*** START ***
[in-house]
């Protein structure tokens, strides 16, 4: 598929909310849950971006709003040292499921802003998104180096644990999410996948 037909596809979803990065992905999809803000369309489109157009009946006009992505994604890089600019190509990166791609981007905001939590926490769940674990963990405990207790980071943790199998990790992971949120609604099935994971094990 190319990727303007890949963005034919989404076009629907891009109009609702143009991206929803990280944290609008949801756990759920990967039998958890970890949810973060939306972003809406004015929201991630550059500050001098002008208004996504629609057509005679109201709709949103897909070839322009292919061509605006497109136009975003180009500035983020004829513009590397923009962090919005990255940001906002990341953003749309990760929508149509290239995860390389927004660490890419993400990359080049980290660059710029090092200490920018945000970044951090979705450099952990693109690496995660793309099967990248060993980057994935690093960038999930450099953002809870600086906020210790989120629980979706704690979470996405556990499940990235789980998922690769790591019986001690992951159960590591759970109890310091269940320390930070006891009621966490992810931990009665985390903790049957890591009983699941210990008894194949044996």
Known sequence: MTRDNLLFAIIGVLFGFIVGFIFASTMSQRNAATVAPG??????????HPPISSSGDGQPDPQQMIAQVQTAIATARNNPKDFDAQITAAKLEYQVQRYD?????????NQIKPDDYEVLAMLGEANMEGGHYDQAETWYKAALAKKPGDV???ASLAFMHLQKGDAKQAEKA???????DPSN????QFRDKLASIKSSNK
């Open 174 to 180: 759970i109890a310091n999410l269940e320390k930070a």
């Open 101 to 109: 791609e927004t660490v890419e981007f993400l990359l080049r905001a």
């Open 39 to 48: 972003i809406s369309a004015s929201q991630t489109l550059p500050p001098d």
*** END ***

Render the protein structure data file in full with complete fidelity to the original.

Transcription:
[in-house]
């Protein structure tokens, strides 16, 4: 598929909310849950971006709003040292499921802003998104180096644990999410996948 037909596809979803990065992905999809803000369309489109157009009946006009992505994604890089600019190509990166791609981007905001939590926490769940674990963990405990207790980071943790199998990790992971949120609604099935994971094990 190319990727303007890949963005034919989404076009629907891009109009609702143009991206929803990280944290609008949801756990759920990967039998958890970890949810973060939306972003809406004015929201991630550059500050001098002008208004996504629609057509005679109201709709949103897909070839322009292919061509605006497109136009975003180009500035983020004829513009590397923009962090919005990255940001906002990341953003749309990760929508149509290239995860390389927004660490890419993400990359080049980290660059710029090092200490920018945000970044951090979705450099952990693109690496995660793309099967990248060993980057994935690093960038999930450099953002809870600086906020210790989120629980979706704690979470996405556990499940990235789980998922690769790591019986001690992951159960590591759970109890310091269940320390930070006891009621966490992810931990009665985390903790049957890591009983699941210990008894194949044996």
Known sequence: MTRDNLLFAIIGVLFGFIVGFIFASTMSQRNAATVAPG??????????HPPISSSGDGQPDPQQMIAQVQTAIATARNNPKDFDAQITAAKLEYQVQRYD?????????NQIKPDDYEVLAMLGEANMEGGHYDQAETWYKAALAKKPGDV???ASLAFMHLQKGDAKQAEKA???????DPSN????QFRDKLASIKSSNK
């Open 174 to 180: 759970i109890a310091n999410l269940e320390k930070a």
């Open 101 to 109: 791609e927004t660490v890419e981007f993400l990359l080049r905001a």
């Open 39 to 48: 972003i809406s369309a004015s929201q991630t489109l550059p500050p001098d």